I love this book, but it is pretty difficult to write about it. My husband read it, and hated it, so it’s certainly not for everyone. Plus, David Foster Wallace has already written everything I want to say about this book, I think, in the afterword to the edition I read. Really, though, it is so good in terms of experimentation. Mostly I just want to find some people who have read this book, so that I can talk to them.
The basic premise of the book is that it is told by a woman who is – or believes herself to be – the last human on earth. It makes an eery mental picture – this woman going around the world in abandoned cars. There are no dead people; all the people simply vanished.
Anyway, so I have some thoughts on this book, in lieu of a real review:
- In one part in London, there’s a part where a car rolls down a hill and it is empty. I love this image, and I would love to have a crowd-sourced film version of this book – from footage taken by people around the world on those rare early summer mornings, at say 5 a.m., when everyone is asleep and you feel that you’re the only person alive, and it feels invigorating and strange.
- I love the rhythm of this book and its deep creepiness and insanity, although I realise those are probably key things that people dislike about this book at points.
- I don’t know much about Wittgenstein, or many of the other cultural references that are made in the book. But I want to know more.
- I frequently found myself think about this book this year, although I read it almost 8 month ago now. It is a powerful thought experiment.
- I thought about buying another Markson book when I was in a bookshop in San Francisco, but I didn’t really get into the style as much or the experimentation. I would love to hear more about his writing if anyone knows more?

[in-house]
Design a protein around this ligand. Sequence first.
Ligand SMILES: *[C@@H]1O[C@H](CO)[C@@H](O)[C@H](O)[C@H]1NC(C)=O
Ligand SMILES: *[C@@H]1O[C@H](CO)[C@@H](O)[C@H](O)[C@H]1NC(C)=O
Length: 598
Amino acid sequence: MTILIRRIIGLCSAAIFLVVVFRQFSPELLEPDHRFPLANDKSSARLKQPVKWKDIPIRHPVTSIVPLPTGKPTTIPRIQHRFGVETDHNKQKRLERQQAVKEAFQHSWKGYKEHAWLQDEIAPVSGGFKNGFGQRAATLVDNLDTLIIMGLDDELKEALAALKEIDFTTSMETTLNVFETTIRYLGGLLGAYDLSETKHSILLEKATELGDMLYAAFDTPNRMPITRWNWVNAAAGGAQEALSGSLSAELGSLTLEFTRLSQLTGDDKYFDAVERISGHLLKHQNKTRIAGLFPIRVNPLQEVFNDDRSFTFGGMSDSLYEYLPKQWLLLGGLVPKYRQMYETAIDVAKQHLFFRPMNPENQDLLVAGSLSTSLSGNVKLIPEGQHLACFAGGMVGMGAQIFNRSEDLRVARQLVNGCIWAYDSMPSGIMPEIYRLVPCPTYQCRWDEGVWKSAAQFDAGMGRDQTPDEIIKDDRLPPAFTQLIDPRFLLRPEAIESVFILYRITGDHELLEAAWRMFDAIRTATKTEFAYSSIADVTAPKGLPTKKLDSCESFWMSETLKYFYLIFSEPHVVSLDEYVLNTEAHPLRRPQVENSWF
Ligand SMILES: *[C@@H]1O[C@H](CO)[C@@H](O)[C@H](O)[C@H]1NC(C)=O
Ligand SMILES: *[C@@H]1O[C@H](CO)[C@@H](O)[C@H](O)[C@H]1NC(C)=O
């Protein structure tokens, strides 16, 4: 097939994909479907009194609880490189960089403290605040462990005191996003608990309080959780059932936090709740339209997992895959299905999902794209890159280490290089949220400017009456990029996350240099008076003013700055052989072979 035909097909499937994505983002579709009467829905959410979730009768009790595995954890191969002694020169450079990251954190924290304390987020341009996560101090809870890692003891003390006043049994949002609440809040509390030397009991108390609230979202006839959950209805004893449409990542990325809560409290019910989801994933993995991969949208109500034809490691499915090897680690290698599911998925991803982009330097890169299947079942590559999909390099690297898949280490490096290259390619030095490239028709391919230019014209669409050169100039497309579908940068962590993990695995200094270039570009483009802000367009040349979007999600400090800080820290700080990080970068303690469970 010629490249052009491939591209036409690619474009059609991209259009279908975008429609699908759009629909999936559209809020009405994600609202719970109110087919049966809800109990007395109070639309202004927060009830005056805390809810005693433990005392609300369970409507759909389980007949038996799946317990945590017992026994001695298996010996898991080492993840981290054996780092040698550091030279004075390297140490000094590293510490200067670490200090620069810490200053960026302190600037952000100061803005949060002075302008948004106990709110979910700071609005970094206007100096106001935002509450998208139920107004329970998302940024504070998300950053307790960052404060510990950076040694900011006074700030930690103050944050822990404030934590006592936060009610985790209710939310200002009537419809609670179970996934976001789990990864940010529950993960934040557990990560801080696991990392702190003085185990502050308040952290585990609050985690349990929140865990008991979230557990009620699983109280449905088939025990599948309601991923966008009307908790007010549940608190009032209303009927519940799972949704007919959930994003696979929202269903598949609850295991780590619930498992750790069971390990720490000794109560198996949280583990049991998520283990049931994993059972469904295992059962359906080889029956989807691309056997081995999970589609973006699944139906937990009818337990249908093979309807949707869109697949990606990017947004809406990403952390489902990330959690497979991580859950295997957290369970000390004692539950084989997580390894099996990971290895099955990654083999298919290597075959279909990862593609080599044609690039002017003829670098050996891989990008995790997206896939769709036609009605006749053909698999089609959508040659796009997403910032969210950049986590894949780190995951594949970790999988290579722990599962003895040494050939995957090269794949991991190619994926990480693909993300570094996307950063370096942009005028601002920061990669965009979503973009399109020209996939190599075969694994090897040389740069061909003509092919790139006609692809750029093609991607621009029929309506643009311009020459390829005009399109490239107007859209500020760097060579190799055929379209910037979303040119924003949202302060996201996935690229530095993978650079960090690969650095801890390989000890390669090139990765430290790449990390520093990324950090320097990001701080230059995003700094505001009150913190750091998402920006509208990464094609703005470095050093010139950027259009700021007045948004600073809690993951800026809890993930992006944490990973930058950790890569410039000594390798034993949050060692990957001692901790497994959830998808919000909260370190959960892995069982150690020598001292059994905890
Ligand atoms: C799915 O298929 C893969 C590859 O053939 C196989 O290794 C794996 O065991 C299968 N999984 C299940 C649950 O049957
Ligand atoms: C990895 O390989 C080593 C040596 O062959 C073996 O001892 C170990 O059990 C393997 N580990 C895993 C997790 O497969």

This doesn’t do the book justice. Someone else read it and talk to me about it!
Quotes (a random sampling – I liked lots of it):
“Doubtless I had not even realized that anything had changed, for some time.
For some time I have been watching the sun go down every evening without anxiety, is perhaps what I finally one evening remembered to think.
Or, the eternal silence of these infinite spaces no longer makes me feel like Pascal.” (84)
“Or perhaps it is only the past itself, which is always smaller than one had believed.
I do wish that that last sentence had some meaning, since it certainly came close to impressing me for a moment.
There is a great deal of sadness in the Iliad in either case, incidentally.” (126)
“Although what I have basically been doing about the rain is ignoring it, to tell the truth.
How I do that is by walking in it.
I did not fail to notice that those last two sentences must certainly look like a contradiction, by the way.
Even if they are no such thing.
One can very agreeably ignore a rain by walking in it.
In fact it is when one allows a rain to prevent one from walking in it that one is failing to ignore it.” (184)